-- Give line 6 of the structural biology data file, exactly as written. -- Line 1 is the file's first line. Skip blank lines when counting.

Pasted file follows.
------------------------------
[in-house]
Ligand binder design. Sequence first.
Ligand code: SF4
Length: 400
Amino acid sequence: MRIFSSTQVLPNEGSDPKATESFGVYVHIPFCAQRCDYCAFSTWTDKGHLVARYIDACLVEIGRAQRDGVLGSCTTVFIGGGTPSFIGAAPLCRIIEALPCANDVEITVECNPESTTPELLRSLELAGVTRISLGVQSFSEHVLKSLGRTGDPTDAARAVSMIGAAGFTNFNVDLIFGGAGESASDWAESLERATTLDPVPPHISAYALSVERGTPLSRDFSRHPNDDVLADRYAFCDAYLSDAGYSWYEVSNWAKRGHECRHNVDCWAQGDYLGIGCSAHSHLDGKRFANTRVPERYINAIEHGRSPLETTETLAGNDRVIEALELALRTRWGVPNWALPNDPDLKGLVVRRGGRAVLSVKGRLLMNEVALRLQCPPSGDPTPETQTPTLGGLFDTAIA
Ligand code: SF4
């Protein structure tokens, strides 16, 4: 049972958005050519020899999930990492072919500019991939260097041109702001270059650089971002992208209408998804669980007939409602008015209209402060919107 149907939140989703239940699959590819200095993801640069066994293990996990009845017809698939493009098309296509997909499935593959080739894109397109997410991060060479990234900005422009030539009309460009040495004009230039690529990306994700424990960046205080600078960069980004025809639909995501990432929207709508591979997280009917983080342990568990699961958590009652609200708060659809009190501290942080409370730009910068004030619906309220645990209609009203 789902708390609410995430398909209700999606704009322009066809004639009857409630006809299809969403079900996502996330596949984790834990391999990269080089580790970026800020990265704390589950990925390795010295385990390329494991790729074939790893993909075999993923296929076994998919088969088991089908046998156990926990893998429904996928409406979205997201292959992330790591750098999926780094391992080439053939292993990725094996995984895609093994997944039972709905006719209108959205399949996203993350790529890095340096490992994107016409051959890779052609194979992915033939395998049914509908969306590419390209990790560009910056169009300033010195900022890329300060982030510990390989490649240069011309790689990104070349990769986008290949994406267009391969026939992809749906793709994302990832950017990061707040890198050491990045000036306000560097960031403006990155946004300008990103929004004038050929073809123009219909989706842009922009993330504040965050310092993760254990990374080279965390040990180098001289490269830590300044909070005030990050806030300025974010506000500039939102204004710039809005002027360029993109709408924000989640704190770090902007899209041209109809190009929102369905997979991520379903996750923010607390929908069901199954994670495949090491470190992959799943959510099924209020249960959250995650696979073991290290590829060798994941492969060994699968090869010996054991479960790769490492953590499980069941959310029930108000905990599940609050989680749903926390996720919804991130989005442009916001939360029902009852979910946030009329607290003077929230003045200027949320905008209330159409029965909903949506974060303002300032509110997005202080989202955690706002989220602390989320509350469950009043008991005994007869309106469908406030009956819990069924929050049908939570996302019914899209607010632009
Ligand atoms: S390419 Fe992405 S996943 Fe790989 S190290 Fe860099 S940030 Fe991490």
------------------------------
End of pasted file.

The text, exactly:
Ligand code: SF4